Recent inter partes review (IPR) orders confirm that the scope of discovery in IPR is significantly narrower than the broad-ranging discovery available under the Federal Rules of Civil Procedure.

In Garmin International, Inc. v. Cuozzo Speed Technologies LLC, IPR 21012-00001 (Paper No. 26) (Mar. 5, 2013), the Board denied the patent owner’s motion for additional discovery regarding the requestor’s product, finances, and litigation positions. The Board considered five factors for whether requested discovery was “necessary in the interests of justice” under 35 U.S.C. § 316(a)(5):

  1. whether the request is based on “more than a possibility and a mere allegation” of “something useful;”
  2. whether the discovery merely sought “litigation positions and underlying basis;”
  3. whether the party requesting discovery had the “ability to generate equivalent information by other means;”
  4. whether the instructions for answering discovery were “easily understandable;” and
  5. whether the requests “were not overly burdensome to answer.”

The Board applied these same factors to discovery requests in Nichia v. Emcore, IPR2012-00005 (Paper No. 19) (Mar. 26, 2013).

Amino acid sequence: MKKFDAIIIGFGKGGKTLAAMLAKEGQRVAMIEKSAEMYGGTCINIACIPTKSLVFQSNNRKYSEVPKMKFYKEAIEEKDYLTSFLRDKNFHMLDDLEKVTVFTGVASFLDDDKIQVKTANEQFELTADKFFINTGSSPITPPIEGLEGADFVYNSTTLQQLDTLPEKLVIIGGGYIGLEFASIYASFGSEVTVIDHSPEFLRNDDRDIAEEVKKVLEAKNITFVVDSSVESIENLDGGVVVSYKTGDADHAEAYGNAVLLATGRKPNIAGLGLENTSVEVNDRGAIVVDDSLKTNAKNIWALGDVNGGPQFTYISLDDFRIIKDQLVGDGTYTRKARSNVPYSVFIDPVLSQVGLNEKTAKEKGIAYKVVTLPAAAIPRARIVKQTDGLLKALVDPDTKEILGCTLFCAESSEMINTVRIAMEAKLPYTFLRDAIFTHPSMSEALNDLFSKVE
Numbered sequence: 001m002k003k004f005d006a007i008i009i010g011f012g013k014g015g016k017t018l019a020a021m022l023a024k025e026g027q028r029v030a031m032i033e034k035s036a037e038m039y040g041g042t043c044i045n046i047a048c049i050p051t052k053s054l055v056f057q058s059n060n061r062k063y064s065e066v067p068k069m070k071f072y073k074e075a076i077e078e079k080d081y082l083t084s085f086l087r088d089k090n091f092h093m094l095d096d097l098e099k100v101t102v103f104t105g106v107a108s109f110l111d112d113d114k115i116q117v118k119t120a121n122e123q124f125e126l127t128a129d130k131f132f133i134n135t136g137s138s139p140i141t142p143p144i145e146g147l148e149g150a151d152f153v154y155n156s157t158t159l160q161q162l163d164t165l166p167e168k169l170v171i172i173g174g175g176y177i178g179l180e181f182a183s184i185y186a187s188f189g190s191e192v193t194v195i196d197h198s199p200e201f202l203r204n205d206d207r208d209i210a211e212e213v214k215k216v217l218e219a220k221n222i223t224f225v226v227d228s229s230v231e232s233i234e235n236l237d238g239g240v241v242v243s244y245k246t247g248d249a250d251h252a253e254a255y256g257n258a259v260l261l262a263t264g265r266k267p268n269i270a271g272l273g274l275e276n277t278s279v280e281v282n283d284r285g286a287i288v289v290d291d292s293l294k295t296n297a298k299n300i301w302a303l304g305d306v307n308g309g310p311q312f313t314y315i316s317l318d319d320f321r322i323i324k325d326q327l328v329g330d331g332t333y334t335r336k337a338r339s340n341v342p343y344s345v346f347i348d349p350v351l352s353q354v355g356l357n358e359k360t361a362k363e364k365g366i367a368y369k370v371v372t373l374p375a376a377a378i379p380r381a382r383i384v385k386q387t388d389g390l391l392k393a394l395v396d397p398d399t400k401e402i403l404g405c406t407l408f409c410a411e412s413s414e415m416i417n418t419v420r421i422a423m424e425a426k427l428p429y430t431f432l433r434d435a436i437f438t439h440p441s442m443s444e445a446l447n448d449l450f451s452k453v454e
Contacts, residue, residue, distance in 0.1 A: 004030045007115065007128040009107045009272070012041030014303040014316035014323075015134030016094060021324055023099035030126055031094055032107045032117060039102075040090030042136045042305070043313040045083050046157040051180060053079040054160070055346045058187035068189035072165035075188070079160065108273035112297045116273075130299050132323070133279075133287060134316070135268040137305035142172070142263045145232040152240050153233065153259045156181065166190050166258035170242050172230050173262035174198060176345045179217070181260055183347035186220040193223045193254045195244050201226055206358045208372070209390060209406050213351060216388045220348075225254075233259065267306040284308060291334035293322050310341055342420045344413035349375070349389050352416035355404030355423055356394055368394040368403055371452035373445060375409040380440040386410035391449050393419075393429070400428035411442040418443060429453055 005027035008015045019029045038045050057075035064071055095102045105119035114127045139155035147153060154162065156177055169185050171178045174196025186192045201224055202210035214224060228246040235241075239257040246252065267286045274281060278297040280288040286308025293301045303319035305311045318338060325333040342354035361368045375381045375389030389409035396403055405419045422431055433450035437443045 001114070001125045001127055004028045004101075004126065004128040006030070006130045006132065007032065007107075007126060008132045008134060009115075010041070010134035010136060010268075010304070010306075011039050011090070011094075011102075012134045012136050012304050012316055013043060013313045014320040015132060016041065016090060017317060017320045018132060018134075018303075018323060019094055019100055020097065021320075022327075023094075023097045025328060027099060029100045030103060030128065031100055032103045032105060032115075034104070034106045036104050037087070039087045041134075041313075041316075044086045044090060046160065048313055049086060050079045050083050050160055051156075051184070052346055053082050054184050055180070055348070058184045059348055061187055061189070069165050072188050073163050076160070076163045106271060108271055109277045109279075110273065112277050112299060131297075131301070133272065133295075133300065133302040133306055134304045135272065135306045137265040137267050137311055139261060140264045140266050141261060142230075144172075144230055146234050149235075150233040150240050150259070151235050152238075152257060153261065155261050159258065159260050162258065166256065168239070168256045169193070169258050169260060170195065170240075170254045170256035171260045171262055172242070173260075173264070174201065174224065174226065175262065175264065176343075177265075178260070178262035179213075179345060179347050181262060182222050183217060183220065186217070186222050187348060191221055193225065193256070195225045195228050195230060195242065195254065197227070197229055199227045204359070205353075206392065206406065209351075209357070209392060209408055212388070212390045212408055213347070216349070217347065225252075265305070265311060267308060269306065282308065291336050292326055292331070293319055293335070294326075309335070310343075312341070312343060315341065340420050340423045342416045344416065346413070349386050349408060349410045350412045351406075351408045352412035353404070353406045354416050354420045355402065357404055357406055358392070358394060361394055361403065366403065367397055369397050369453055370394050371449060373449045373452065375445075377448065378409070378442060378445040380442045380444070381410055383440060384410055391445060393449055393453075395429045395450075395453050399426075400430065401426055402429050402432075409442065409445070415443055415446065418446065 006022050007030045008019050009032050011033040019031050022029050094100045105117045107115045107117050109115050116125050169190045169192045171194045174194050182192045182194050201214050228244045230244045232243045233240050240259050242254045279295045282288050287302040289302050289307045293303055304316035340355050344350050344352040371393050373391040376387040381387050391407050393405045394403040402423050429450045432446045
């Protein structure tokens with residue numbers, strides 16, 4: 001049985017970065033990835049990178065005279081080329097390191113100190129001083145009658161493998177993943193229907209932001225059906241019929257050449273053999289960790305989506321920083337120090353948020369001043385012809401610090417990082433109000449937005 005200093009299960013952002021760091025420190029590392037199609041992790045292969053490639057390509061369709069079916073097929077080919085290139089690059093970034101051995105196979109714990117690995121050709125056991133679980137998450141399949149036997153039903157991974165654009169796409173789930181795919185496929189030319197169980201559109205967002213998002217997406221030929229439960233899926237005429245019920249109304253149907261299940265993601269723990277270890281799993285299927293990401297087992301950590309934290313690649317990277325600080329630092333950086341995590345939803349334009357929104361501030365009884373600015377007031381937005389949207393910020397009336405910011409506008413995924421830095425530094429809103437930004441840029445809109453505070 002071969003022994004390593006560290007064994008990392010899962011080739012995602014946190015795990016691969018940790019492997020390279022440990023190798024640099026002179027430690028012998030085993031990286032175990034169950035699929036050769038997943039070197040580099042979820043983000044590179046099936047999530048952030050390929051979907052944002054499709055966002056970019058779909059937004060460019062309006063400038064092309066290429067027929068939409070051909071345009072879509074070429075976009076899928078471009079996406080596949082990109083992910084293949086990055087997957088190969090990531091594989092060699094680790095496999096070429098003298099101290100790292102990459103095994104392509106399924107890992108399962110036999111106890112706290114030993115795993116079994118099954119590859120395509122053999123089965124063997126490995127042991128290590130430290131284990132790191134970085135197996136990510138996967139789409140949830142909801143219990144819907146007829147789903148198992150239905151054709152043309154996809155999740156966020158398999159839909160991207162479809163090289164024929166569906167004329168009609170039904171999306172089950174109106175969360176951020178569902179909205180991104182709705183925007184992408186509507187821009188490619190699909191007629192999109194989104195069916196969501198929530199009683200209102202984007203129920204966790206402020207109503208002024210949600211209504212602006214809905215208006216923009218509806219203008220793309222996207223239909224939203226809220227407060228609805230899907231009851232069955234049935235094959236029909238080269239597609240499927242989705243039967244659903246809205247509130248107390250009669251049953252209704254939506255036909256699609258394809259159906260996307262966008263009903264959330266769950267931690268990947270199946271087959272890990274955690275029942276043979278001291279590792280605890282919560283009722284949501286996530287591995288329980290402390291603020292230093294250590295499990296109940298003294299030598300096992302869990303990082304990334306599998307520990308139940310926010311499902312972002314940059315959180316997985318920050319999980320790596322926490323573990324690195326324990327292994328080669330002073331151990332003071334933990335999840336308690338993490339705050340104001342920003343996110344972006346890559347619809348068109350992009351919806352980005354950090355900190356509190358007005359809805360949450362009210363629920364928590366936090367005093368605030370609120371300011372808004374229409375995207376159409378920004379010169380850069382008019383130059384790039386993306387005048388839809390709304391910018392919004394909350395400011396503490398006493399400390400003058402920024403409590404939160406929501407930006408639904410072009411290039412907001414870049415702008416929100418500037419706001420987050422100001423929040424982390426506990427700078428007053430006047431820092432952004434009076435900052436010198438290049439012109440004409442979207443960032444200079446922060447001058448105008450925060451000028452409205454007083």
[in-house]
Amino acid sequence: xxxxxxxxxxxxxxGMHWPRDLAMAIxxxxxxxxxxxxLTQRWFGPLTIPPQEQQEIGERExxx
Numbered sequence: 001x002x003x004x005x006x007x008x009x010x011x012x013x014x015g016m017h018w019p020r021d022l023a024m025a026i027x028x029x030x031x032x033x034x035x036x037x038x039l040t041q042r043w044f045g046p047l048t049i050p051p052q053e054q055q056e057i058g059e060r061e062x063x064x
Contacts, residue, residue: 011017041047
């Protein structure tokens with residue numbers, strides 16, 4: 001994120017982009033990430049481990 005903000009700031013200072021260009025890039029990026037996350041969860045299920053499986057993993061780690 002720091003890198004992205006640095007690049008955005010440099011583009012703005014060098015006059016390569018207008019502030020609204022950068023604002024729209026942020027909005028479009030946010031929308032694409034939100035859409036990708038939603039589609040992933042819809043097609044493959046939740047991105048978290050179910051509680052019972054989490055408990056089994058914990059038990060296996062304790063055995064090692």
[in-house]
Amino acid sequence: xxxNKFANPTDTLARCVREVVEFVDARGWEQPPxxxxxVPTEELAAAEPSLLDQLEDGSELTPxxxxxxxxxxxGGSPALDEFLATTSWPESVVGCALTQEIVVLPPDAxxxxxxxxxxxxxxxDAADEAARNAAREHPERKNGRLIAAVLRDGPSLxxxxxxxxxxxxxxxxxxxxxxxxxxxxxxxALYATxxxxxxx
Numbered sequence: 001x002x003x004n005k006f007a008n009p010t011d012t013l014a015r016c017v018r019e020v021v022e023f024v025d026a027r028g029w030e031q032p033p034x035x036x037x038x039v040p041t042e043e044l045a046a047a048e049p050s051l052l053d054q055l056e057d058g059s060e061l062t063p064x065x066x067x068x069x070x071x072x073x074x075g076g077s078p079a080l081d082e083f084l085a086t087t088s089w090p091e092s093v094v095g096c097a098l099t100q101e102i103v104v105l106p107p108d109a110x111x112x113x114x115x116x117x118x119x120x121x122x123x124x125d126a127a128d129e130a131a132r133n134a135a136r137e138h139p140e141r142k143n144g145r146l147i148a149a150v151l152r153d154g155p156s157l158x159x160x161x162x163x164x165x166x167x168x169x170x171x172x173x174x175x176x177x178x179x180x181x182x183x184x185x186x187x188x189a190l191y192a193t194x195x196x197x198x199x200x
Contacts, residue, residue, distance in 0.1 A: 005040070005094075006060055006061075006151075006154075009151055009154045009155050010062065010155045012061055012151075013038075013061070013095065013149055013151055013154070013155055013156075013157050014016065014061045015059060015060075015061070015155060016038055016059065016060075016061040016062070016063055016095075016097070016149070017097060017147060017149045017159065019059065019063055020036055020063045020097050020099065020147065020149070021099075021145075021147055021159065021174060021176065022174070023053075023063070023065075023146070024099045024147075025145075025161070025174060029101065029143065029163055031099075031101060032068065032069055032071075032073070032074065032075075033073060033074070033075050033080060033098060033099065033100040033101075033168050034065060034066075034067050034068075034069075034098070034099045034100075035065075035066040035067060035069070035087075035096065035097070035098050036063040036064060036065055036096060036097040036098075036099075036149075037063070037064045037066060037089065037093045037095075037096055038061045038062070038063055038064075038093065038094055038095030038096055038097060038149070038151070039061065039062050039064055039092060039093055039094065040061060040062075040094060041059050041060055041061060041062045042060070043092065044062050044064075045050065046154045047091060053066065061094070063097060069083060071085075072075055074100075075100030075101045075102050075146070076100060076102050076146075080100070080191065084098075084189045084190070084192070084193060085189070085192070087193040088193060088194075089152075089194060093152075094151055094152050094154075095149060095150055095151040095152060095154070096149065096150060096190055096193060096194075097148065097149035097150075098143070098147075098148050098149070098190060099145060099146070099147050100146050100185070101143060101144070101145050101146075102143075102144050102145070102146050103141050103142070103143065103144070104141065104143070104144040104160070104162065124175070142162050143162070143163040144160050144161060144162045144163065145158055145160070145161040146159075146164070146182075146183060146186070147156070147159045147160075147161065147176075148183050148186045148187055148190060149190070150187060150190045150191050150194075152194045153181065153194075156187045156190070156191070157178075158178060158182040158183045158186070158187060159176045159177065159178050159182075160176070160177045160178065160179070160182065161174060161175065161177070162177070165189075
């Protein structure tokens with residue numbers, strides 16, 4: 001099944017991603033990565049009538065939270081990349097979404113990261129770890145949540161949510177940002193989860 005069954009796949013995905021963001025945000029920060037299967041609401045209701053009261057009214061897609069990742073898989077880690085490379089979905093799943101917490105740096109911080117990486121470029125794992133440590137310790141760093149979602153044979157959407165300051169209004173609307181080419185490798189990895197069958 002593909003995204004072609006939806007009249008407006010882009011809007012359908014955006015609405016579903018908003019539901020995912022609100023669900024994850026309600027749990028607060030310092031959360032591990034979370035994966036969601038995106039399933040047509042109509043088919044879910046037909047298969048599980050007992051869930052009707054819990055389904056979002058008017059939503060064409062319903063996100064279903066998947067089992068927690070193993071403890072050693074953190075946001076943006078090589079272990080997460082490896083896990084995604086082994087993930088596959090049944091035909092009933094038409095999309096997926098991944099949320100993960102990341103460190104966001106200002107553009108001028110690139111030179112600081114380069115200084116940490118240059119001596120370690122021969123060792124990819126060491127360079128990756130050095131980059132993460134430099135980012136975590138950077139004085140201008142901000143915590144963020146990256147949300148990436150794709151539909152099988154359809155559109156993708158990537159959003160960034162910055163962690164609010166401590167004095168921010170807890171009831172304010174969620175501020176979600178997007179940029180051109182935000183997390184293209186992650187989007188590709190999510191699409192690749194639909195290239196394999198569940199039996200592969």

Applying these factors in Garmin, the Board refused discovery on development, pricing, and commercialization of the petitioner’s products—evidence that Cuozzo (the patent owner) argued related to secondary considerations of non-obviousness, including long-felt need, failure of others, copying, and commercial success. Because Cuozzo had not shown that the discovery would be “favorable in substantive value to [its] contention[s],” the Board denied it. The Board noted Cuozzo could provide its own evidence of long-felt need and commercial success without Garmin’s information.

The Board also denied discovery of Garmin’s legal contentions, documents provided to Garmin’s expert, and documents Garmin intended to use at trial—common subjects for discovery in patent litigation. Noting that IPR rules provided “a proper time and place for each party to make its presentation,” the Board found no need for this additional discovery.

Garmin illustrates that patent owners in IPR may not obtain discovery regarding petitioner’s product, internal documents, or contentions. Thus, unlike a district-court or ITC proceeding, the patent owner may have to argue claim construction and validity without knowing how the petitioner’s product works. This information mismatch may provide a tactical advantage to the petitioner, who may tailor its claim construction positions to protect against later infringement arguments.